Starting a new business can be an exciting experience. It can also be a little scary because there are always risks involved. Careful planning is essential for any potential new business venture. By doing your “homework,” and being prepared, you can avoid unforeseen situations and get your business off to a smooth start.
First and foremost, do your research! Knowing the industry that you are about to be involved in is key. You may think that your idea is the best thing since sliced bread; and it may well be. Market research, however, can be helpful in determining potential competitors as well as supply and demand. It would be crushing to sink your hard-earned money into a product or service only to realize that the market has been saturated or there really isn’t a need, making it difficult to attract business and make money.
It is also important to understand your target demographic. Is the consumer you are interested in need and/or want your product or service? Will you be able to offer a quality and affordable product or service to your target consumer and still make a profit? If consumers aren’t onboard with your idea, you may want to rethink your plan.
Certain legalities also come into play when starting your own business. The way your business is structured can dictate legal requirements, obligations and restrictions. Different types of business formations require specific licensees, registrations and filings. Depending on your business, you may need to apply for an Employer Identification Number (EIN), obtain a business license or get insurance. Some of these considerations vary by industry and state of operation.
There are also personal liability and tax ramifications that need to be explored before making a final decision. It is very important to know how the formation of your business affects your personal liability. If not, one bad situation could possibly wipe out what you have worked so hard for. Sole proprietors can fall into this category and need to make informed decisions.
Do you need a business plan? In a nutshell, yes! There are several reasons for a potential business owner to create a business plan. Quite simply put, a business plan is nothing more than a document outlining the basics of your business, i.e. products, services, finances, marketing, goals, timelines, feasibility and strategies. A carefully thought out business plan can help you stay on course. It serves as a “blueprint” to address every aspect of your business from inception to reality to, eventually, growth.
A business plan is especially important if you are considering bringing in partners, approaching investors and/or applying for a business loan. Banks, as well as potential business partners and investors, want to ensure that they are making a wise investment when loaning or investing money.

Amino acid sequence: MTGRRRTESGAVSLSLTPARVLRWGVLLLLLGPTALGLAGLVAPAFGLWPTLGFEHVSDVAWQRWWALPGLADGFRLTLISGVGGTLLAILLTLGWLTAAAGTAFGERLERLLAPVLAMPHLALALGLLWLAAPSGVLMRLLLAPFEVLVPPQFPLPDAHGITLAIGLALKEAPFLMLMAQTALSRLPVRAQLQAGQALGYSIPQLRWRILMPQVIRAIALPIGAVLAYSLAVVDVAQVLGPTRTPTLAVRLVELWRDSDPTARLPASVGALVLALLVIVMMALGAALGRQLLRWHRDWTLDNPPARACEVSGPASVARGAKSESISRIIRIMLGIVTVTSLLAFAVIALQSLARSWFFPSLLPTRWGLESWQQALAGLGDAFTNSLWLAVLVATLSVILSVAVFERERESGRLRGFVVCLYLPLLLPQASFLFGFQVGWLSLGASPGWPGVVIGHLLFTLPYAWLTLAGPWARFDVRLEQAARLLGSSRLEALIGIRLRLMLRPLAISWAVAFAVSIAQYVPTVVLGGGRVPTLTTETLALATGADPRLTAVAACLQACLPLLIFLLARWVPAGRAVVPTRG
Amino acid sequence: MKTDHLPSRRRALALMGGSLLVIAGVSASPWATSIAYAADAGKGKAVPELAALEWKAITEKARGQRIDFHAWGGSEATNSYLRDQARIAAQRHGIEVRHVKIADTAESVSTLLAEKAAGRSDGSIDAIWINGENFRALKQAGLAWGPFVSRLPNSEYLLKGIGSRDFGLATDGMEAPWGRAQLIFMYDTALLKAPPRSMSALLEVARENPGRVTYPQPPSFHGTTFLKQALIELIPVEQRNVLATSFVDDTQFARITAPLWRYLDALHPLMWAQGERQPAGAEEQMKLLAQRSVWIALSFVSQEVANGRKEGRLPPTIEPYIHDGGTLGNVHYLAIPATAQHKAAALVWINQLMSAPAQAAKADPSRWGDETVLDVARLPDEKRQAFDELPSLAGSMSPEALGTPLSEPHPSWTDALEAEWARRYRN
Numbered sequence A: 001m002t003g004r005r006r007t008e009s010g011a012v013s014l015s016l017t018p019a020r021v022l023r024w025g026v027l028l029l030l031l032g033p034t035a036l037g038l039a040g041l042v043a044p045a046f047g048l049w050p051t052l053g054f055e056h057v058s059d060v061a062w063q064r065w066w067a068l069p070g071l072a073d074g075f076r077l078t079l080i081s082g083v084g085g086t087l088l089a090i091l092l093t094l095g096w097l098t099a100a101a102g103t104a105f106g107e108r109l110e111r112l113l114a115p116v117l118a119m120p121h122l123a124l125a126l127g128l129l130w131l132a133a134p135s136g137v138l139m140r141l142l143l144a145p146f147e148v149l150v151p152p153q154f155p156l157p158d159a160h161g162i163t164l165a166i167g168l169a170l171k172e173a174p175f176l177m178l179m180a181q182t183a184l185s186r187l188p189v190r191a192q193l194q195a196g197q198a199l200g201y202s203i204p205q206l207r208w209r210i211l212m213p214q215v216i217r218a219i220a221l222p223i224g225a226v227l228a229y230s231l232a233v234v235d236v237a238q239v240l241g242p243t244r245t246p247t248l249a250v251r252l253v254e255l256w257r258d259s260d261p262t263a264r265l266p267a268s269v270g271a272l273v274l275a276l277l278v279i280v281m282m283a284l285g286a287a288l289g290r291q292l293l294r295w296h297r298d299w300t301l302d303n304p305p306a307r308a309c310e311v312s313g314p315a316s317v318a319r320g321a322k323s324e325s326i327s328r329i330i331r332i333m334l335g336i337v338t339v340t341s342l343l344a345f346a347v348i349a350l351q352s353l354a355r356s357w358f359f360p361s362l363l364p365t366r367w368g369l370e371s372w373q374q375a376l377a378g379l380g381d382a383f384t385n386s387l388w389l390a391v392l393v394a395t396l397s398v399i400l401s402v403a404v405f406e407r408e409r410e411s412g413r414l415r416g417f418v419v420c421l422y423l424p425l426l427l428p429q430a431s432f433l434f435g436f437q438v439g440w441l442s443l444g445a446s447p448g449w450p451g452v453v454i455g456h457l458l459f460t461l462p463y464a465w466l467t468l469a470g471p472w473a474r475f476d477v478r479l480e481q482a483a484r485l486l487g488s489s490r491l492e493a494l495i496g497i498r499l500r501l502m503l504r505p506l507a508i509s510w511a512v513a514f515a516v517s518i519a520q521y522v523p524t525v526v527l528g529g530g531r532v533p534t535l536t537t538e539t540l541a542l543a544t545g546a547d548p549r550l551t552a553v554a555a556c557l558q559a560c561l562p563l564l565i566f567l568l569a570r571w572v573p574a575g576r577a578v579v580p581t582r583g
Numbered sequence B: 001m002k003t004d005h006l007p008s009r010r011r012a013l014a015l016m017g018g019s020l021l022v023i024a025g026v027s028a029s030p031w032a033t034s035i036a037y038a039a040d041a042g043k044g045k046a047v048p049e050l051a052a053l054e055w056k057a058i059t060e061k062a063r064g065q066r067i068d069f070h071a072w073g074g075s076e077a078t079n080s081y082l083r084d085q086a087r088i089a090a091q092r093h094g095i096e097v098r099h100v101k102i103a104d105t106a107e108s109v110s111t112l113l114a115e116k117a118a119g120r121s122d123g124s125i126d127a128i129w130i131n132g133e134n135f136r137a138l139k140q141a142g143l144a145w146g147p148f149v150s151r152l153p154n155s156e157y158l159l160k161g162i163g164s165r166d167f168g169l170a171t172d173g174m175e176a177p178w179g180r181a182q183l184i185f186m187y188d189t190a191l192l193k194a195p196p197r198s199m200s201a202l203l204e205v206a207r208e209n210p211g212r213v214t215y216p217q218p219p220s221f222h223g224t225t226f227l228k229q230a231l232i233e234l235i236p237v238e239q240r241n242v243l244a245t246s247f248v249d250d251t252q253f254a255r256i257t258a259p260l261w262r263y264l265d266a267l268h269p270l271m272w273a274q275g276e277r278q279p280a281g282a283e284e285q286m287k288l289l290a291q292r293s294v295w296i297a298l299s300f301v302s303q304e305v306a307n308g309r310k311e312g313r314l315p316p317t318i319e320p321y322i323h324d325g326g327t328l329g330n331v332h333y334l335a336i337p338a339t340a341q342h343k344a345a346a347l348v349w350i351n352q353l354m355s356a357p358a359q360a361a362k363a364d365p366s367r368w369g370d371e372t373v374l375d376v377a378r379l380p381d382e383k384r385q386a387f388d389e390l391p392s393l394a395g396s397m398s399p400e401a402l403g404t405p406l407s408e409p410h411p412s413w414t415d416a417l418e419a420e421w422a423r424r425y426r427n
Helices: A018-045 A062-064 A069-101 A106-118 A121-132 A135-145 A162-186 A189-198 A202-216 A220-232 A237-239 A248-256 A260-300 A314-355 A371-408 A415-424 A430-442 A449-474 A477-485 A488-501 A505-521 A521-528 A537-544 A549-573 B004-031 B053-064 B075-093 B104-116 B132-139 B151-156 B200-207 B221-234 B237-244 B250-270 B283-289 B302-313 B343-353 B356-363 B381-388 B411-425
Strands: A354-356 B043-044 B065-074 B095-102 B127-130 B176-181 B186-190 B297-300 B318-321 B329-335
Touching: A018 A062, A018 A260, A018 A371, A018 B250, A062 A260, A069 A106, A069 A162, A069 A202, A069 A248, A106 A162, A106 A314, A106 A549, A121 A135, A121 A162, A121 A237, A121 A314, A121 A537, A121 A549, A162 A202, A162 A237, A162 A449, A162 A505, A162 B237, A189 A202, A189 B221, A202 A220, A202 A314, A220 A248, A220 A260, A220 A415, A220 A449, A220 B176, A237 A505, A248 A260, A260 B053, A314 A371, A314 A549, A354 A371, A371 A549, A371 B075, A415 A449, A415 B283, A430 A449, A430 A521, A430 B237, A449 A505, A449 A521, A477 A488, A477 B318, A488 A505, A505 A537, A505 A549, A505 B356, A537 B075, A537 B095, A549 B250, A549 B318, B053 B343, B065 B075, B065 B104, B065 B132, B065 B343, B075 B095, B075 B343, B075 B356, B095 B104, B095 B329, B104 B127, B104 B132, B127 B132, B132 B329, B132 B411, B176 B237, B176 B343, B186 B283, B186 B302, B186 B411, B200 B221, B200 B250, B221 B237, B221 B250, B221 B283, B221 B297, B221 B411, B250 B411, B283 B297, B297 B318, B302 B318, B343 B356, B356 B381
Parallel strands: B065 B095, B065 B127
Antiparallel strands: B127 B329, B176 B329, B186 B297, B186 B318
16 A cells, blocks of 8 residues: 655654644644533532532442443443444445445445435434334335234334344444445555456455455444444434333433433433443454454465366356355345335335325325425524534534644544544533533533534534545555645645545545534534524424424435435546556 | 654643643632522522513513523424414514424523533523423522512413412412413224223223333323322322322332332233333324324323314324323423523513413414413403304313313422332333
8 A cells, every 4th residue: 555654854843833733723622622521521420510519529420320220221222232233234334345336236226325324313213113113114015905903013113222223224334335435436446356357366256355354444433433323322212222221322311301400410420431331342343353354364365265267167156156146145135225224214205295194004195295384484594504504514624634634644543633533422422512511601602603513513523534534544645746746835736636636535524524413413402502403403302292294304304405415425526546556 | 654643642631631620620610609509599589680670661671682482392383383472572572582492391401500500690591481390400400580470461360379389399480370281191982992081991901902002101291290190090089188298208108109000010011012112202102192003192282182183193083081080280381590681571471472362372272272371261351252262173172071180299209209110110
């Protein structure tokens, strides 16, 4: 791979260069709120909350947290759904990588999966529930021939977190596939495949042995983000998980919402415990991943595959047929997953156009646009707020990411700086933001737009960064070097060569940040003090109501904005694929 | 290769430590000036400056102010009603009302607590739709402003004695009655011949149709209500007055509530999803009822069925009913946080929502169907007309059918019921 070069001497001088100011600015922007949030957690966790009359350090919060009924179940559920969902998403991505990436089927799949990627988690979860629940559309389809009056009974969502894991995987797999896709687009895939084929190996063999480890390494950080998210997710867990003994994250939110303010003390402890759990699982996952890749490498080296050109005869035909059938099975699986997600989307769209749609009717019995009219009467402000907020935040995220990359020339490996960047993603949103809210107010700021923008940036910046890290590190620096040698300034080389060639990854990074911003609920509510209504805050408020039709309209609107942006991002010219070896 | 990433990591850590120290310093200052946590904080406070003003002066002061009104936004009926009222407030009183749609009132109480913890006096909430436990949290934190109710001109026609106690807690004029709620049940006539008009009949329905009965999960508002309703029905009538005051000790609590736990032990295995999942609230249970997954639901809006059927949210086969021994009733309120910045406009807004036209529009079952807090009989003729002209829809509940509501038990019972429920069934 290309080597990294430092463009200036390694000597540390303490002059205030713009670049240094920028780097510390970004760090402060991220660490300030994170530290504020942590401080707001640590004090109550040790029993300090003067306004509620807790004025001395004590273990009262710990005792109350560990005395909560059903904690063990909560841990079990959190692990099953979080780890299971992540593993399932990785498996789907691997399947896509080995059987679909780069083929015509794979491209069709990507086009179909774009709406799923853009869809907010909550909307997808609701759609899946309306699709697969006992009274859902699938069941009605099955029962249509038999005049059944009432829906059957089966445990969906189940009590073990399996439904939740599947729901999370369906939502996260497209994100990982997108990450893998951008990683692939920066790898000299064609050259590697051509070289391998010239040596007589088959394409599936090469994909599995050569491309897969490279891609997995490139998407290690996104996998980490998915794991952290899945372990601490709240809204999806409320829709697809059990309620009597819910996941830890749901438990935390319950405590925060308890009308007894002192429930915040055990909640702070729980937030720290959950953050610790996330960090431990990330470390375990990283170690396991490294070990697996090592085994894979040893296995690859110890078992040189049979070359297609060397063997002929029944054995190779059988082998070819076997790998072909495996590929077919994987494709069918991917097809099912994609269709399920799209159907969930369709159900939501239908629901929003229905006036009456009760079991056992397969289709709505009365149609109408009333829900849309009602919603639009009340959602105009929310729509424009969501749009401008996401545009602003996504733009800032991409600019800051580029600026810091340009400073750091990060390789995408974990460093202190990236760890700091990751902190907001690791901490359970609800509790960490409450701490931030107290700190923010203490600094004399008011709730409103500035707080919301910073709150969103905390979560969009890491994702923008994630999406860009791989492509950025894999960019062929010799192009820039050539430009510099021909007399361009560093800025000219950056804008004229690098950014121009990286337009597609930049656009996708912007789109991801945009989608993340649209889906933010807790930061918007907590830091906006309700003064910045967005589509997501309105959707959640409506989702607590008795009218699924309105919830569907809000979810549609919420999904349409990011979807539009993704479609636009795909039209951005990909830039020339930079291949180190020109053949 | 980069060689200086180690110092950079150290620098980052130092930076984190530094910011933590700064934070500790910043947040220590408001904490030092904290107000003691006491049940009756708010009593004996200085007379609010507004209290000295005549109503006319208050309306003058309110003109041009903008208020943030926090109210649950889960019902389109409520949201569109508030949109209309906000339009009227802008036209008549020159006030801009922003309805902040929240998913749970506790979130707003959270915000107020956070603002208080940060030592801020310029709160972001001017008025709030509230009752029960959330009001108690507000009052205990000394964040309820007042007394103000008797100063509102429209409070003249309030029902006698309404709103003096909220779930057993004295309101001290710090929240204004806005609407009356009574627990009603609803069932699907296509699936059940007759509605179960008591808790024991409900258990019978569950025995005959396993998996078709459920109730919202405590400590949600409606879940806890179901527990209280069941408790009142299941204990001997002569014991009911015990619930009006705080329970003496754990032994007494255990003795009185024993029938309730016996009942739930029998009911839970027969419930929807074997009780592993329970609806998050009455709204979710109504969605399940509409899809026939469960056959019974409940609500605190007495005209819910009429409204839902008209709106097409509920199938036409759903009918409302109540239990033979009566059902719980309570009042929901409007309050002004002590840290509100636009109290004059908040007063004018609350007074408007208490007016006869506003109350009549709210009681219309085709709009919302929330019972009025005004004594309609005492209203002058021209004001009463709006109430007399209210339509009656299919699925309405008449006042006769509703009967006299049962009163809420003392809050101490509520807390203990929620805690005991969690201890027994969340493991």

Is it necessary to hire an accountant? That depends. If you are a “hands-on” business owner and are involved in the day to day activity of your business, you may find that handling the finances can be a bit much. Often business owners find that they can save money by taking care of their own finances. That is true, but it is important to weigh the pros and cons. By doing your own accounting, however, you run the risk of not being able to give it your full attention.
By delegating this task to an accountant, you may actually save yourself money. An accountant’s sole purpose is to make sure that payroll and bills get paid but, just as important, that you get paid! A good accountant will also keep you apprised of your financial situation and can prepare “visuals” in the way of charts and reports to keep you informed of your company’s financial situation and cash flow.
Hiring an accountant immediately may not necessarily an absolute. You may be a whiz at the number game and find it manageable. If that is the case and it works for you, great! If not, it is best to leave it to someone in the accounting field. Remember, a good accountant can give you strategy tax advice that could save your business thousands of dollars.
These are just some of the considerations that should be on your radar when you are ready to start your own business. Again, it is always best to be prepared when venturing out on your own. Consulting with an attorney beforehand can set you on the track to “doing it right” the first time.
Sarah E. Holmes is a Philadelphia business attorney and strategist that helps start ups and established businesses looking to expand, protect their assets and increase their profits in an approachable, down-to-earth way.